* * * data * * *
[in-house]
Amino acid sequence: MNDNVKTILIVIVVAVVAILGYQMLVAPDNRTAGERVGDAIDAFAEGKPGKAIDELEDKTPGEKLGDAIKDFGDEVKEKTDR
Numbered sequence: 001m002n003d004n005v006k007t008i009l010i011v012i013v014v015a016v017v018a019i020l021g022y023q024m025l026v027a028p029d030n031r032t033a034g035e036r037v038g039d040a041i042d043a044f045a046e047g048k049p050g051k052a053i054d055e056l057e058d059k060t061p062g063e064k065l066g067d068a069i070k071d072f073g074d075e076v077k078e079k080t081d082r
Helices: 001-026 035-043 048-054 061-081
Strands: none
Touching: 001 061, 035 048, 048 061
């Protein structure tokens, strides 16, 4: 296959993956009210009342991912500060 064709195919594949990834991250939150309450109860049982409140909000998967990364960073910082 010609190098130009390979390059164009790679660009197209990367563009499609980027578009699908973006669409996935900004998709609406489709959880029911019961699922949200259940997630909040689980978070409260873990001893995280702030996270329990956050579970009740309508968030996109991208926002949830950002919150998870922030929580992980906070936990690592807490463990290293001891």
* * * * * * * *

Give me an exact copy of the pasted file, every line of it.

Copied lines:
[in-house]
Amino acid sequence: MNDNVKTILIVIVVAVVAILGYQMLVAPDNRTAGERVGDAIDAFAEGKPGKAIDELEDKTPGEKLGDAIKDFGDEVKEKTDR
Numbered sequence: 001m002n003d004n005v006k007t008i009l010i011v012i013v014v015a016v017v018a019i020l021g022y023q024m025l026v027a028p029d030n031r032t033a034g035e036r037v038g039d040a041i042d043a044f045a046e047g048k049p050g051k052a053i054d055e056l057e058d059k060t061p062g063e064k065l066g067d068a069i070k071d072f073g074d075e076v077k078e079k080t081d082r
Helices: 001-026 035-043 048-054 061-081
Strands: none
Touching: 001 061, 035 048, 048 061
């Protein structure tokens, strides 16, 4: 296959993956009210009342991912500060 064709195919594949990834991250939150309450109860049982409140909000998967990364960073910082 010609190098130009390979390059164009790679660009197209990367563009499609980027578009699908973006669409996935900004998709609406489709959880029911019961699922949200259940997630909040689980978070409260873990001893995280702030996270329990956050579970009740309508968030996109991208926002949830950002919150998870922030929580992980906070936990690592807490463990290293001891």